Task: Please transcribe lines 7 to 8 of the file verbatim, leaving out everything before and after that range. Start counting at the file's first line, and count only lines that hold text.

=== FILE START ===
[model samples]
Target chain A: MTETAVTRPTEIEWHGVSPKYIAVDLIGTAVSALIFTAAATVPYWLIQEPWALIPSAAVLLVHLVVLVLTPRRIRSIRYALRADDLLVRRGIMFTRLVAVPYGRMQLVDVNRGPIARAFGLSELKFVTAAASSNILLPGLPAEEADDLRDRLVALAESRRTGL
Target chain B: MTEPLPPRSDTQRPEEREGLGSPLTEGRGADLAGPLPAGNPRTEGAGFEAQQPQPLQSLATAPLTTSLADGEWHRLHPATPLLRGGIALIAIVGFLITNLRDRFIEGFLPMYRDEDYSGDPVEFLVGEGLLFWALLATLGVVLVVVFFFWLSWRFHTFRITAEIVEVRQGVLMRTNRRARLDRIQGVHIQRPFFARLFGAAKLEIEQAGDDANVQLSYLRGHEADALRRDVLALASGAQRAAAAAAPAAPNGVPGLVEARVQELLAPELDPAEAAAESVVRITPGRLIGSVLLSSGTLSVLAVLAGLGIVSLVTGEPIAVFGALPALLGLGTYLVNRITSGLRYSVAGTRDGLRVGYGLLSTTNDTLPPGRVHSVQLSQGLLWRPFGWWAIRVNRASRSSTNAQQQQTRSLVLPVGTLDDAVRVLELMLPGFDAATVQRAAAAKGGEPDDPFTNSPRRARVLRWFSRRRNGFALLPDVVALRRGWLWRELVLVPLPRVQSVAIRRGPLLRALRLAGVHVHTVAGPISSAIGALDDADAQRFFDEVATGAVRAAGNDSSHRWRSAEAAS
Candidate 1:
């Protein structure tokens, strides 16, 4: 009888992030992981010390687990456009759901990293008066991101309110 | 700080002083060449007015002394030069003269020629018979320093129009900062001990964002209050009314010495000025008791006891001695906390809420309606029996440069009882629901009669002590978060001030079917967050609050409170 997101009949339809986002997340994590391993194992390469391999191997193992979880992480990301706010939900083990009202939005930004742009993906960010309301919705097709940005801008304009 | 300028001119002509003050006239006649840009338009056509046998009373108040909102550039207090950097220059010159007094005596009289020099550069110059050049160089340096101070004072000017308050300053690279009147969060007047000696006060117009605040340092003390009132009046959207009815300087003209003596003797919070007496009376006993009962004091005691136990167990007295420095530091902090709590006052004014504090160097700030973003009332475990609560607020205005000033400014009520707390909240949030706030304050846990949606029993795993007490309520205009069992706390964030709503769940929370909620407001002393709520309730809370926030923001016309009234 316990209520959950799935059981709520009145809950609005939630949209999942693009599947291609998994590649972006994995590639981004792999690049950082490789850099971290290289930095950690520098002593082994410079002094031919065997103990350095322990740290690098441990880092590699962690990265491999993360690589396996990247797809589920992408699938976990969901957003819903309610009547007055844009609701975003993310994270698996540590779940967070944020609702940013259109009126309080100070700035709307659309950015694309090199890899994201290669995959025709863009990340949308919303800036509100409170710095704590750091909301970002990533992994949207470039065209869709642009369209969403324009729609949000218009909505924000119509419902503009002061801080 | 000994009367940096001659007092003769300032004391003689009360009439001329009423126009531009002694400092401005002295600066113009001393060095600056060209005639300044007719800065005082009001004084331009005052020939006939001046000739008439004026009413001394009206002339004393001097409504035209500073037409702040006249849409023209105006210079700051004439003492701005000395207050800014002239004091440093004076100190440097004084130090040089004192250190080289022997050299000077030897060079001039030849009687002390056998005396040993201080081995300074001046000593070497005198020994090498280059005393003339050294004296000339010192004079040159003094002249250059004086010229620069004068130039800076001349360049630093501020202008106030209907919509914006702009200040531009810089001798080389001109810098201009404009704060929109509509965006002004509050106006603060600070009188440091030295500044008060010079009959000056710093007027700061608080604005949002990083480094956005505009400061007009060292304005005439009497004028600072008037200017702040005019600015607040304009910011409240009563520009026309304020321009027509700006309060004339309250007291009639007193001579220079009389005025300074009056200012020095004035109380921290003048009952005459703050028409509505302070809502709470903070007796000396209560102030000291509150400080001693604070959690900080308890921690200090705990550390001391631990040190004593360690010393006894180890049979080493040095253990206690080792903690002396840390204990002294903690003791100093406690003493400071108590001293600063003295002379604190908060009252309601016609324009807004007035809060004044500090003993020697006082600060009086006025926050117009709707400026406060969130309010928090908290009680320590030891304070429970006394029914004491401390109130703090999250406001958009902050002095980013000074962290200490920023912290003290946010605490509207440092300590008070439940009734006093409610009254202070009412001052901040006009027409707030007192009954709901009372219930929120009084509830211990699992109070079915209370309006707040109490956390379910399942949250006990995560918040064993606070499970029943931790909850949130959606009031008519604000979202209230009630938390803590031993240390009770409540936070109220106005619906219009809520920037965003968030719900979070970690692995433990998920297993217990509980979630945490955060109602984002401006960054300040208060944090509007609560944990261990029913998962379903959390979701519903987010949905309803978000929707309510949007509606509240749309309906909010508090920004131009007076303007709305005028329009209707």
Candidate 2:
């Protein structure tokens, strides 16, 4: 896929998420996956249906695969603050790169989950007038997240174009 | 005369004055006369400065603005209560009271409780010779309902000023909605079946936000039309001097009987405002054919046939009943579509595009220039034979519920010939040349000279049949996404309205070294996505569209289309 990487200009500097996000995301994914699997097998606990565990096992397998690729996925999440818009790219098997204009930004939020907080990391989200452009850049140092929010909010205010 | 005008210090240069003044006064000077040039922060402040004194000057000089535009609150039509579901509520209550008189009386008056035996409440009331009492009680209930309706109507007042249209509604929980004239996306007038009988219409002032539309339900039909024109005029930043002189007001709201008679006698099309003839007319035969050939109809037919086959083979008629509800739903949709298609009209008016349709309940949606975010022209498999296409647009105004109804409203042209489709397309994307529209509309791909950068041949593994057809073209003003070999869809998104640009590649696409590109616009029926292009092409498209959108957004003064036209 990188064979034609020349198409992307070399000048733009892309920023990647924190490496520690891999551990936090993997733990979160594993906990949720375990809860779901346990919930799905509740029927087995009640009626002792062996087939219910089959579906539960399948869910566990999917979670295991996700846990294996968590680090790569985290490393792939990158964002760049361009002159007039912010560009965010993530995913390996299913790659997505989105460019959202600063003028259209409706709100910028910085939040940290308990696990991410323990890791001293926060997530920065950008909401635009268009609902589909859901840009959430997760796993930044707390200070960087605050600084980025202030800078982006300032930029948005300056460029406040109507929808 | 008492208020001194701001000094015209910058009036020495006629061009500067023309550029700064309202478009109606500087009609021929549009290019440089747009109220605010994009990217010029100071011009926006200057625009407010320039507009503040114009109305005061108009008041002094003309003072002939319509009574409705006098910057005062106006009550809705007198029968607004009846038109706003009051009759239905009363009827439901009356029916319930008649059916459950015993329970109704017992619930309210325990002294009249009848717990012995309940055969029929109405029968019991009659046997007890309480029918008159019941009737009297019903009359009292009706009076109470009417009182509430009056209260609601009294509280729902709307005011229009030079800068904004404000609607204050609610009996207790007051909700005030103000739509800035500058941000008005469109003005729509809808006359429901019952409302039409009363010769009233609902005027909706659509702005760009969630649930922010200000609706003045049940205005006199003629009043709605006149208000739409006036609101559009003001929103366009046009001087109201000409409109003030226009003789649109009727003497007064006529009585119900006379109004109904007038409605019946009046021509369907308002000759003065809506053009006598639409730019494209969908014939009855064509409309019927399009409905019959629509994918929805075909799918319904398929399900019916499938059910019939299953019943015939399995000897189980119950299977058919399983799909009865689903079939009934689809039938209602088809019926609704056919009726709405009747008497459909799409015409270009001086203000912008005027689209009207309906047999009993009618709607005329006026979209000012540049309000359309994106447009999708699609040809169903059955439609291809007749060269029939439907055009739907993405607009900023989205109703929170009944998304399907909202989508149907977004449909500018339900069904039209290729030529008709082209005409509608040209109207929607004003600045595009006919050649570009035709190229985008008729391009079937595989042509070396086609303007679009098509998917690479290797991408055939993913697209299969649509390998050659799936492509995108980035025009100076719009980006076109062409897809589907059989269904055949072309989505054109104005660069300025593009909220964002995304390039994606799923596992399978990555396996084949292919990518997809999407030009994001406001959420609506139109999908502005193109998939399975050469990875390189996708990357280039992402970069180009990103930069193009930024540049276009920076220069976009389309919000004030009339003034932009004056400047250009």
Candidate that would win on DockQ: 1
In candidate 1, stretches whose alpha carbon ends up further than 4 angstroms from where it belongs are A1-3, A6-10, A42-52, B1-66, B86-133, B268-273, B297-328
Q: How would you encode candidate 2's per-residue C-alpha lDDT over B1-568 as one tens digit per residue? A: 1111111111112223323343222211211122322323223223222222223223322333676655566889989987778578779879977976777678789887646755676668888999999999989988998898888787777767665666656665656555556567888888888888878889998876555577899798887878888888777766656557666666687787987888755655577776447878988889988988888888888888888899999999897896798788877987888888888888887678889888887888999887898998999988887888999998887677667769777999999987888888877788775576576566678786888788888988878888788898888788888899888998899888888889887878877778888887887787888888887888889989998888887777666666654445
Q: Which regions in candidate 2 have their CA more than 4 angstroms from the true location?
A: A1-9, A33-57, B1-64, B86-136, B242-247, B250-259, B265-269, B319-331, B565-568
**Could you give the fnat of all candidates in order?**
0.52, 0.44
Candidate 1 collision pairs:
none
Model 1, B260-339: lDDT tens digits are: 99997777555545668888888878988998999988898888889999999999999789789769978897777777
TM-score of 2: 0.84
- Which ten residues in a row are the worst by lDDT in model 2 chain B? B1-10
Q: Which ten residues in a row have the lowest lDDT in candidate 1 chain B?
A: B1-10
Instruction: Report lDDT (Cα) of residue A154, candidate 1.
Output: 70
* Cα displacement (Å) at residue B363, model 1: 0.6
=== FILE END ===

């Protein structure tokens, strides 16, 4: 896929998420996956249906695969603050790169989950007038997240174009 | 005369004055006369400065603005209560009271409780010779309902000023909605079946936000039309001097009987405002054919046939009943579509595009220039034979519920010939040349000279049949996404309205070294996505569209289309 990487200009500097996000995301994914699997097998606990565990096992397998690729996925999440818009790219098997204009930004939020907080990391989200452009850049140092929010909010205010 | 005008210090240069003044006064000077040039922060402040004194000057000089535009609150039509579901509520209550008189009386008056035996409440009331009492009680209930309706109507007042249209509604929980004239996306007038009988219409002032539309339900039909024109005029930043002189007001709201008679006698099309003839007319035969050939109809037919086959083979008629509800739903949709298609009209008016349709309940949606975010022209498999296409647009105004109804409203042209489709397309994307529209509309791909950068041949593994057809073209003003070999869809998104640009590649696409590109616009029926292009092409498209959108957004003064036209 990188064979034609020349198409992307070399000048733009892309920023990647924190490496520690891999551990936090993997733990979160594993906990949720375990809860779901346990919930799905509740029927087995009640009626002792062996087939219910089959579906539960399948869910566990999917979670295991996700846990294996968590680090790569985290490393792939990158964002760049361009002159007039912010560009965010993530995913390996299913790659997505989105460019959202600063003028259209409706709100910028910085939040940290308990696990991410323990890791001293926060997530920065950008909401635009268009609902589909859901840009959430997760796993930044707390200070960087605050600084980025202030800078982006300032930029948005300056460029406040109507929808 | 008492208020001194701001000094015209910058009036020495006629061009500067023309550029700064309202478009109606500087009609021929549009290019440089747009109220605010994009990217010029100071011009926006200057625009407010320039507009503040114009109305005061108009008041002094003309003072002939319509009574409705006098910057005062106006009550809705007198029968607004009846038109706003009051009759239905009363009827439901009356029916319930008649059916459950015993329970109704017992619930309210325990002294009249009848717990012995309940055969029929109405029968019991009659046997007890309480029918008159019941009737009297019903009359009292009706009076109470009417009182509430009056209260609601009294509280729902709307005011229009030079800068904004404000609607204050609610009996207790007051909700005030103000739509800035500058941000008005469109003005729509809808006359429901019952409302039409009363010769009233609902005027909706659509702005760009969630649930922010200000609706003045049940205005006199003629009043709605006149208000739409006036609101559009003001929103366009046009001087109201000409409109003030226009003789649109009727003497007064006529009585119900006379109004109904007038409605019946009046021509369907308002000759003065809506053009006598639409730019494209969908014939009855064509409309019927399009409905019959629509994918929805075909799918319904398929399900019916499938059910019939299953019943015939399995000897189980119950299977058919399983799909009865689903079939009934689809039938209602088809019926609704056919009726709405009747008497459909799409015409270009001086203000912008005027689209009207309906047999009993009618709607005329006026979209000012540049309000359309994106447009999708699609040809169903059955439609291809007749060269029939439907055009739907993405607009900023989205109703929170009944998304399907909202989508149907977004449909500018339900069904039209290729030529008709082209005409509608040209109207929607004003600045595009006919050649570009035709190229985008008729391009079937595989042509070396086609303007679009098509998917690479290797991408055939993913697209299969649509390998050659799936492509995108980035025009100076719009980006076109062409897809589907059989269904055949072309989505054109104005660069300025593009909220964002995304390039994606799923596992399978990555396996084949292919990518997809999407030009994001406001959420609506139109999908502005193109998939399975050469990875390189996708990357280039992402970069180009990103930069193009930024540049276009920076220069976009389309919000004030009339003034932009004056400047250009």
Candidate that would win on DockQ: 1